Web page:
How to create HTML responsive signatures on a MAC (with pictures)

Why HTML responsive signatures?

The simple answer is that more and more people are using mobile phones and your business will need to adapt. A HTML responsive email signature will automatically move it’s elements depending on the size of the screen. Using HTML will also make sure that none of your images will be missing. For this article, we will be working out how to do this on a Mac.

You will need:

  • Knowledge of inline CSS and HTML or a web developer who has these skills.
  • Your own website to upload your signature image.
  • Simple navigation skills on your Mac.

Step 1: Create it.

Create your desired email signature either with your developer or by yourself. If you wish to add your logo into the signature, make sure you upload it to your website and copy the direct link to it. If you’re using WordPress then you can access any image you upload in Dashboard > Media > Select the image you want > Look for File URL

This link can be placed in your signature and will show up as your logo in between this snippet:

<img src”INSERT-LINK-HERE” />

Here’s a little template of our one if it helps. Just remember to change the text as well as the links that are involved, otherwise your signature will be linking back to us. This signature will give you a format like this:

HTML Email Responsive Signature

Step 2: Use a Placeholder.

Once you’ve created your desired signature, keep it at hand. 

First, we’ll need to navigate to your mail signature preferences. Open up the mail provider and click on Mail > Preferences > Signature. You should see a window like this:

html responsive brisbane

Step 3: Find it!

Save the signature and close the mail. Completely close it. If there is a dot next to it on the dock, then it is still running. You’ll need to right click on the icon and Quit. or at the top bar, Mail > Quit Mail.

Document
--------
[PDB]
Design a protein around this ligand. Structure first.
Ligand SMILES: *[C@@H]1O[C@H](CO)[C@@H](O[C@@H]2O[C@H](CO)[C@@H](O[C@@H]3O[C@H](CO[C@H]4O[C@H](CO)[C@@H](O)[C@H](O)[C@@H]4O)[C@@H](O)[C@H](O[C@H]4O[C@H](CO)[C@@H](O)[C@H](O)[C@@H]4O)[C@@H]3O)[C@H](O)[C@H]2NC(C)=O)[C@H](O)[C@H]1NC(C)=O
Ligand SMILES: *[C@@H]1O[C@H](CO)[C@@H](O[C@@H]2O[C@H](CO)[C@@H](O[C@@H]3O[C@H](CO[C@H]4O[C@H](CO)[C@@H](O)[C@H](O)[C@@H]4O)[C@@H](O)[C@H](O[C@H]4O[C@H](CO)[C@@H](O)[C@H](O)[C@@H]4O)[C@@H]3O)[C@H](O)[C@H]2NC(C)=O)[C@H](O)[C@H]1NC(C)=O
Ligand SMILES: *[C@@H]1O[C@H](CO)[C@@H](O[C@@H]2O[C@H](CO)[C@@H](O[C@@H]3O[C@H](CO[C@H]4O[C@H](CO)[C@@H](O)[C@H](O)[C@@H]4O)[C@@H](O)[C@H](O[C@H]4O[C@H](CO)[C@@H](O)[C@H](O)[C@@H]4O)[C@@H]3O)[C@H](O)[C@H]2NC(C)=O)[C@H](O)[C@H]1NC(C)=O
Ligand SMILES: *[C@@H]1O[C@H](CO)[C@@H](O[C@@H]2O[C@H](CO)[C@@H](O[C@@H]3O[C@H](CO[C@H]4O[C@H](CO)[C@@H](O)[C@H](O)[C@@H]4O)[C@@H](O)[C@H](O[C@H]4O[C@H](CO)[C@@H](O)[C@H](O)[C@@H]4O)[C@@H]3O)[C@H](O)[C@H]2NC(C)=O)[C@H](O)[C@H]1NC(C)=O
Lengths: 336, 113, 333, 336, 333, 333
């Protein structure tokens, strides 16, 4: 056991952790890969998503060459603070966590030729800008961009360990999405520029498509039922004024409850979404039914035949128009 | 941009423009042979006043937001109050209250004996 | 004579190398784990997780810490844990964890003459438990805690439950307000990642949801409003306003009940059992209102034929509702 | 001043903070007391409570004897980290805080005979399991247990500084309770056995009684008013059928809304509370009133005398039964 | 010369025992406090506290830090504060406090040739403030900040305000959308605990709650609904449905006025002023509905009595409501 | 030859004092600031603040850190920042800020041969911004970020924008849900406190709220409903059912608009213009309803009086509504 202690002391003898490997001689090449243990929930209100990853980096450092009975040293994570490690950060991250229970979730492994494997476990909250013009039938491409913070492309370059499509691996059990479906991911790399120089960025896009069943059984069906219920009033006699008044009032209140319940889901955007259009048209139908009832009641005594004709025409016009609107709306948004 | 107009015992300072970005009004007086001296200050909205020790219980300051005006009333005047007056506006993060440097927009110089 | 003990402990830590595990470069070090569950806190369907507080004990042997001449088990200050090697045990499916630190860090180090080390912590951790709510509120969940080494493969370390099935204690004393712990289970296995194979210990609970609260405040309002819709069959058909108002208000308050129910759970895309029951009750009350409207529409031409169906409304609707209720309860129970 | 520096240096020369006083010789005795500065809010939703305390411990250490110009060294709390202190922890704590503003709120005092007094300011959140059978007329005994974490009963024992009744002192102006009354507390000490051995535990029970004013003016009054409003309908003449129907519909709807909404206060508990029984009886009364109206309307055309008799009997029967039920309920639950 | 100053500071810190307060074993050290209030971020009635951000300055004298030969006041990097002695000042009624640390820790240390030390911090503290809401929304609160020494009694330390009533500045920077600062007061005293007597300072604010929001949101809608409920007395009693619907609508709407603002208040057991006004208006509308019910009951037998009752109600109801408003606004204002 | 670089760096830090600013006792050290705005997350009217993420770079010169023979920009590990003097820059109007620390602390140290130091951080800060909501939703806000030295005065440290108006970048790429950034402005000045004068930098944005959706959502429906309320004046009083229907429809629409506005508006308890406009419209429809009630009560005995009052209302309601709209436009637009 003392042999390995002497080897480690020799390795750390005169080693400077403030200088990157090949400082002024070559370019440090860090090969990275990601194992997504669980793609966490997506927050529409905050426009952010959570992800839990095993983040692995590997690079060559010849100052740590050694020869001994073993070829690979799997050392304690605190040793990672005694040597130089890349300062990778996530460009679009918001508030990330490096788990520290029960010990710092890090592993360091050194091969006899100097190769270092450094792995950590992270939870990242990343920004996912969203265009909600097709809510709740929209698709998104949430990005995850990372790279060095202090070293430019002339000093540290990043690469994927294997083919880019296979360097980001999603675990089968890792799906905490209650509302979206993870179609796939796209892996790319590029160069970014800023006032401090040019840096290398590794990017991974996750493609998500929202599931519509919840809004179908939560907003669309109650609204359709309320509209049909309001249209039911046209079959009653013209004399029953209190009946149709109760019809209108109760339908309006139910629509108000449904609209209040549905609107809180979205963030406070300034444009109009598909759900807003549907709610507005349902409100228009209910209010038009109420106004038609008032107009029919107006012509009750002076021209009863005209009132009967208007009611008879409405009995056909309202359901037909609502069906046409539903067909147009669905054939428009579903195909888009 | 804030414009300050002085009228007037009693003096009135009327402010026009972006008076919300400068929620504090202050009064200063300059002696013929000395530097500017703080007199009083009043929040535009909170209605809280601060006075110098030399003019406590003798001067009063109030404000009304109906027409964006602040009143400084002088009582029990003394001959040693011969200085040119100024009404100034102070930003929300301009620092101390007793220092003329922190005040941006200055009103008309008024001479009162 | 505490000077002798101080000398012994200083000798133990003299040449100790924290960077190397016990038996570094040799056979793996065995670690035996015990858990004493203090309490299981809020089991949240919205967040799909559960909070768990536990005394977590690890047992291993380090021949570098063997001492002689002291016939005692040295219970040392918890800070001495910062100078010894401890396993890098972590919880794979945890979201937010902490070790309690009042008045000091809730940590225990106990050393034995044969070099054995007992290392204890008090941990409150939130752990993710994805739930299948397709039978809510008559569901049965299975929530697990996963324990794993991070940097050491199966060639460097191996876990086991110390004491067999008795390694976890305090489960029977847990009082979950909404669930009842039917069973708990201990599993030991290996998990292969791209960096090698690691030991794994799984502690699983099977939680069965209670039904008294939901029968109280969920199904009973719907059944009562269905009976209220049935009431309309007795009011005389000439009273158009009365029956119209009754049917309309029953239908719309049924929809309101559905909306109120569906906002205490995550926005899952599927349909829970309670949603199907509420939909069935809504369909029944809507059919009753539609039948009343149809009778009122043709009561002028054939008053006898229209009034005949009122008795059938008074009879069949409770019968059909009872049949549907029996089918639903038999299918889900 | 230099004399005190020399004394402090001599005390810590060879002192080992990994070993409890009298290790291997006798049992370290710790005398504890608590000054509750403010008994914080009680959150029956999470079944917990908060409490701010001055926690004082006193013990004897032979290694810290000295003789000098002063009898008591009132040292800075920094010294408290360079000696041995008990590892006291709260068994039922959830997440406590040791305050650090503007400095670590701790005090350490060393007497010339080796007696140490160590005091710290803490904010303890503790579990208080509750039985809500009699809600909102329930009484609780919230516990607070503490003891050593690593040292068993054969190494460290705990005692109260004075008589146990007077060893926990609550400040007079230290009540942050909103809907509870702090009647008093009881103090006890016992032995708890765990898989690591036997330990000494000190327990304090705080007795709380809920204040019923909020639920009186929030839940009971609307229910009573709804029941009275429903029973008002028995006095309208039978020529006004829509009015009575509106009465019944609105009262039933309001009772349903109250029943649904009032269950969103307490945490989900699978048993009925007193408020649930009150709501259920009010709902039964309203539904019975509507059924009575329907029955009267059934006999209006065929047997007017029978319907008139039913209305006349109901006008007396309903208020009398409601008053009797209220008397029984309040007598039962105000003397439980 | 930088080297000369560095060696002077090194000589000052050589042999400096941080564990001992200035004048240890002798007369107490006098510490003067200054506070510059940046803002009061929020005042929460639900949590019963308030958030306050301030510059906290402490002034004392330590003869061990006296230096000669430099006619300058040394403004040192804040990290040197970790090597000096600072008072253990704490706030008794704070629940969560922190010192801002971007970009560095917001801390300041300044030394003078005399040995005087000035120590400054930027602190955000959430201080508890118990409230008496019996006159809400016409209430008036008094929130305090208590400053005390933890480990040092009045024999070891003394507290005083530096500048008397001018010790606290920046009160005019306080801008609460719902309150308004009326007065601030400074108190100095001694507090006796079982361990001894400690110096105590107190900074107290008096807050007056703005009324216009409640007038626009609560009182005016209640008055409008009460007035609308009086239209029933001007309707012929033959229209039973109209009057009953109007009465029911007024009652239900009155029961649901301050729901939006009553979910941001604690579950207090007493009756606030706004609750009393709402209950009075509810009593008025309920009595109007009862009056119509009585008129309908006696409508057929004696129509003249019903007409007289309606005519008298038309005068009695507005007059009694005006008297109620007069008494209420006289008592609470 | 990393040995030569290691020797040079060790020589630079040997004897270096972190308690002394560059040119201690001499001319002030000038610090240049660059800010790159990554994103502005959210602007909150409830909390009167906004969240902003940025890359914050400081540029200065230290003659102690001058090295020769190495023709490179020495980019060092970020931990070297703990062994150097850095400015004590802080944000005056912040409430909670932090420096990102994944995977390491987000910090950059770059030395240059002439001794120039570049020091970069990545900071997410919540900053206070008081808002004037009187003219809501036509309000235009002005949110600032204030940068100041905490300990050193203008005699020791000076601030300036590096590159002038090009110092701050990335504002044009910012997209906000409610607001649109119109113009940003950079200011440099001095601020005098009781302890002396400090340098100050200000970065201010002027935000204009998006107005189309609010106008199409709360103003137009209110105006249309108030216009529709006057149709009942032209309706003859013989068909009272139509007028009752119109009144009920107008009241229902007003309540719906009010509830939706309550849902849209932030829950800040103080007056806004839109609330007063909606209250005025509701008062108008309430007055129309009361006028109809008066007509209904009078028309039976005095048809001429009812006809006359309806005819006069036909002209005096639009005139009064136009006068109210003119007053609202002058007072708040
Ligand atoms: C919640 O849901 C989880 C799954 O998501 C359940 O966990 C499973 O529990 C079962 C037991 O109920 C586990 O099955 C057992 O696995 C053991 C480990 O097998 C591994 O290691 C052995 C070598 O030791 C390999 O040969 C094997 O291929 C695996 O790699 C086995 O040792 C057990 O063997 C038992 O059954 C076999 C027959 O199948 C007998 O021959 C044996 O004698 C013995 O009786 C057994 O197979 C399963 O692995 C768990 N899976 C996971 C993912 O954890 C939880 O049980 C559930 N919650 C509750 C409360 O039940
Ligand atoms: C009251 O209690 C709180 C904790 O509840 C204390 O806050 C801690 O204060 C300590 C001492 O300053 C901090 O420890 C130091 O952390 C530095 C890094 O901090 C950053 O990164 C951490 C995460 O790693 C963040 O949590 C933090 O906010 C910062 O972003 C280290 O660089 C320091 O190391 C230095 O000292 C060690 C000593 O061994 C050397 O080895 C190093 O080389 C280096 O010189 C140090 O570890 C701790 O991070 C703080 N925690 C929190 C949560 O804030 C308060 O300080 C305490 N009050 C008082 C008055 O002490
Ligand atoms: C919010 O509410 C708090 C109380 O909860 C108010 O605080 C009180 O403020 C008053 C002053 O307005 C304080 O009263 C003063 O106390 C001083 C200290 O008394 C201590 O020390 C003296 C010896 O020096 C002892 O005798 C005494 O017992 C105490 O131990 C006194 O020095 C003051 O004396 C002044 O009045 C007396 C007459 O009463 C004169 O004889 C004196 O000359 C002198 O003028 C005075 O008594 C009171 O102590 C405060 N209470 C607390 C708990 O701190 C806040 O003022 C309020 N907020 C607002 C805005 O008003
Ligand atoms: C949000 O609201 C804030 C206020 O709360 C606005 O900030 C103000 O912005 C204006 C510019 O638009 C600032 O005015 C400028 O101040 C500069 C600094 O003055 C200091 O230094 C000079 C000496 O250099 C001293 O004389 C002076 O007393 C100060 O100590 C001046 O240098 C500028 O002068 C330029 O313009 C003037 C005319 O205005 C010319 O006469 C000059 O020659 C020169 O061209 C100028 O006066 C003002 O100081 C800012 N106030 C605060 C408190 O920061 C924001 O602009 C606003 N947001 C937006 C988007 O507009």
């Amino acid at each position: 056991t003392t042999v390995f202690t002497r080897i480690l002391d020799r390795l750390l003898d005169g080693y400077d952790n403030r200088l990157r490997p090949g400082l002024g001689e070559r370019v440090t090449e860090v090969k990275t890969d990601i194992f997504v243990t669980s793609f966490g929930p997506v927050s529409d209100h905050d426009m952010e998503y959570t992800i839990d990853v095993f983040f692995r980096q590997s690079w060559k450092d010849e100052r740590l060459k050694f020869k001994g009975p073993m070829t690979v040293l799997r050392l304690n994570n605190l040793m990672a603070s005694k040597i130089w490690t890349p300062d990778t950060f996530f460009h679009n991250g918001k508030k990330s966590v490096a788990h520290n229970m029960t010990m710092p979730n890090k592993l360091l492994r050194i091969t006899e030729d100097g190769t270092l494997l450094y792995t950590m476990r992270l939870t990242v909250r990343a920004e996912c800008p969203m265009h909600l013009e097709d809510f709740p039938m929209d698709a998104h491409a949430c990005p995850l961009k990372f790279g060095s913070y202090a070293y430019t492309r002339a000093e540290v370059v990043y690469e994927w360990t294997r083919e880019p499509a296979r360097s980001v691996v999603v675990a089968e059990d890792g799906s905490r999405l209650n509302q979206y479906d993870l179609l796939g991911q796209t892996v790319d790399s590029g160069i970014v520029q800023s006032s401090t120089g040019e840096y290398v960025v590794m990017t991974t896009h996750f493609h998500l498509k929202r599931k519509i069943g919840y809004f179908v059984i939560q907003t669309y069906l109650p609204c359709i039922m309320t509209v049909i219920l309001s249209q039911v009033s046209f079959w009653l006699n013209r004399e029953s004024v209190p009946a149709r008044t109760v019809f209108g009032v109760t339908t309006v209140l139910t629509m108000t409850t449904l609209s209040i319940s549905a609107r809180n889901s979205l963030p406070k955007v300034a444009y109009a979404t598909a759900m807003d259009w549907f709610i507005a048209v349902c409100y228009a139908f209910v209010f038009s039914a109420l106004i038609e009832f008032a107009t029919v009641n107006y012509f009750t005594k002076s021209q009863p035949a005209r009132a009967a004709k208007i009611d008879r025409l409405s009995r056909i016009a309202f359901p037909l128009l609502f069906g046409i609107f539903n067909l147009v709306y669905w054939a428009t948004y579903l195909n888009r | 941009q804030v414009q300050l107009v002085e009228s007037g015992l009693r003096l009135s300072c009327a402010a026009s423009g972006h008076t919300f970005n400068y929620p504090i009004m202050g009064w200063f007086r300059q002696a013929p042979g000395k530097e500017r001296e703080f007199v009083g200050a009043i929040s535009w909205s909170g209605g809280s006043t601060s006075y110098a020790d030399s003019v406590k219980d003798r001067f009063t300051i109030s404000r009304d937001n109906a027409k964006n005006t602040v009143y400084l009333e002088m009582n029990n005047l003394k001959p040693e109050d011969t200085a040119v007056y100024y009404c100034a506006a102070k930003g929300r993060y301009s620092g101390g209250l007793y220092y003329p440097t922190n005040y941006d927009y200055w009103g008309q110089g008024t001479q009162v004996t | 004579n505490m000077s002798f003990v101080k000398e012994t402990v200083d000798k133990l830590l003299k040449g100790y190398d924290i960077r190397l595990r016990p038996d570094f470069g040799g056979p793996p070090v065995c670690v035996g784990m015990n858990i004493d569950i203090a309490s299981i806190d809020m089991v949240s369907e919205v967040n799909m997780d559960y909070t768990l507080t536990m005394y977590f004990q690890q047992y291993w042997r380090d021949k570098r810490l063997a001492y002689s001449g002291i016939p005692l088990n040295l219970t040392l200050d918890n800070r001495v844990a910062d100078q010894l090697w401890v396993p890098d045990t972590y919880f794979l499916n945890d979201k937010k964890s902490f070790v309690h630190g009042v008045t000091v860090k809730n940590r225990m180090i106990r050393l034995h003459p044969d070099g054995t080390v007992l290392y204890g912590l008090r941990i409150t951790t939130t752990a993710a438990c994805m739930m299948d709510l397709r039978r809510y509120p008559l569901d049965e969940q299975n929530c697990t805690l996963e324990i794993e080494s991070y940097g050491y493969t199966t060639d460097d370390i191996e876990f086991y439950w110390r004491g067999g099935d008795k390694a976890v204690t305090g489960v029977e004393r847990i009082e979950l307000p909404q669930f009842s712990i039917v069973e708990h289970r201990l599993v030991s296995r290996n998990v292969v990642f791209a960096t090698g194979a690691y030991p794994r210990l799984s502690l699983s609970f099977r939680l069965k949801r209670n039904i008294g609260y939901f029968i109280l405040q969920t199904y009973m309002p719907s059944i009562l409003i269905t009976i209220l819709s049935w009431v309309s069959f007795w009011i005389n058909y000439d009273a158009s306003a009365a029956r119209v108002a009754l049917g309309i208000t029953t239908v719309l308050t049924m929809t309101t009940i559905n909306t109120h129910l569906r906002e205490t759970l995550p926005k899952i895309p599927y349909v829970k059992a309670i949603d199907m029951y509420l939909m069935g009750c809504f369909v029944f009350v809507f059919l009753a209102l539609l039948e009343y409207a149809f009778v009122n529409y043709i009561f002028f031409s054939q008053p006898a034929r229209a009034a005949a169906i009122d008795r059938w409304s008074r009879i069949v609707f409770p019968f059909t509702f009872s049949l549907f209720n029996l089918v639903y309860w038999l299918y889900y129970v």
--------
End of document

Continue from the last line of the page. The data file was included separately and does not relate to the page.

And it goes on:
To find it in the finder, you’ll need to go to Finder > Go > Go to Folder… 

A pop up should appear and it is important that you write this exactly as it appears:

~/Library/Mail/

mail responsive design loganholme

This will take you to where your mail files are. You’ll need to find a folder labelled “Signatures” and inside this folder will be the saved file of our placeholder text. For our Mac, it was inside a folder called “MailData”.

The file will have a long string of text & numbers and will end with “mailsignature”.

email signature HTML inline

Step 4: Paste & Save.

Remember that file we said to keep in hand? This is where we’ll need it. Right click on the file and open it with Text Editor. If you can’t see the txt editor, go to Open with > Other… > and this should open up a window where you can find it. 

mail editor

This file you’re opening might also be locked, so just click on the bar at the top next to where it says “Locked” and untick the locked option.

Look for the placeholder text that you typed and copy and paste in the new one that you made. Just make sure that you do not delete the other text that are around your placeholder or it might break your signature. You might see a large chunk of text just before the placeholder that ends with “>” then another set of text after it that starts with “<“. Make sure to place your signature in between them and not accidentally delete them!

Save your file and make sure to press the “Locked” option again to keep it locked.

That’s it!

You can now open your Mail provider and this should show up as your signature. If it isn’t, just check your preferences again to make sure you’re adding your signature to mail.

If this article helped you or you simply want an expert advice on this topic, feel free to send our team a message to hello@e-studios.com.au
motion designer

Jozzelle De Jesus
B(Int)Entertainment

8th March, 2022

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